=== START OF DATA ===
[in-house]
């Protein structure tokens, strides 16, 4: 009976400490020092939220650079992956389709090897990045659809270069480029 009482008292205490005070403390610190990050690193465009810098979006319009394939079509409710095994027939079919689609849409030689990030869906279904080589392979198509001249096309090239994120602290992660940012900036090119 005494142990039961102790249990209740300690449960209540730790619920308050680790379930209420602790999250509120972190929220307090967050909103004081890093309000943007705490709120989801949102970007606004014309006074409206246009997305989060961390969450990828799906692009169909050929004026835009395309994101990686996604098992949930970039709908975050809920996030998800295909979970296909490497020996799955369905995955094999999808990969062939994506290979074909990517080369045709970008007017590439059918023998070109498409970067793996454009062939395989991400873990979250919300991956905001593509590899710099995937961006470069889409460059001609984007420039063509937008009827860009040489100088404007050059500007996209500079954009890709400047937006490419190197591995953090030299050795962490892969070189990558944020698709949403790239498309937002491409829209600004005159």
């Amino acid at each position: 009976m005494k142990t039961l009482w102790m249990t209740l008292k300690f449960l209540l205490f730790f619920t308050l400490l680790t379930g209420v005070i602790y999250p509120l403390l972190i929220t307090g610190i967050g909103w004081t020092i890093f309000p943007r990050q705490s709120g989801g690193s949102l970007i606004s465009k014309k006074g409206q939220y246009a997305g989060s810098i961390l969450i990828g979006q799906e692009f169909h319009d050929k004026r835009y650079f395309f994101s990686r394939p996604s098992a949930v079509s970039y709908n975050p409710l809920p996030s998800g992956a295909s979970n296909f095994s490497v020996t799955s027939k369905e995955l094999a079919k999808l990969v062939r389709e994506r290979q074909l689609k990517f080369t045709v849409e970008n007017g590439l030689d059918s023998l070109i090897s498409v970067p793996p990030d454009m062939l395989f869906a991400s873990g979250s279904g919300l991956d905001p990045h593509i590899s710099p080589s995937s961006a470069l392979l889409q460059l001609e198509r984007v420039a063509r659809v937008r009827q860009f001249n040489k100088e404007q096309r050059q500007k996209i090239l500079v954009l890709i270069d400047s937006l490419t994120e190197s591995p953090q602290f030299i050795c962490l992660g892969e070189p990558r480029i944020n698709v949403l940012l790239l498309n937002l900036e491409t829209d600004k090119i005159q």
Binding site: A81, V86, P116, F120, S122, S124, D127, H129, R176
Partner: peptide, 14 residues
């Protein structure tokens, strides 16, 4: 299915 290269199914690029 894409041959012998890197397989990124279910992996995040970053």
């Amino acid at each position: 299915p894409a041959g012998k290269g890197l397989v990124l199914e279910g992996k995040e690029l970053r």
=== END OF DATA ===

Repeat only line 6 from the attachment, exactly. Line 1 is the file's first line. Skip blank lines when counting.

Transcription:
């Protein structure tokens, strides 16, 4: 299915 290269199914690029 894409041959012998890197397989990124279910992996995040970053």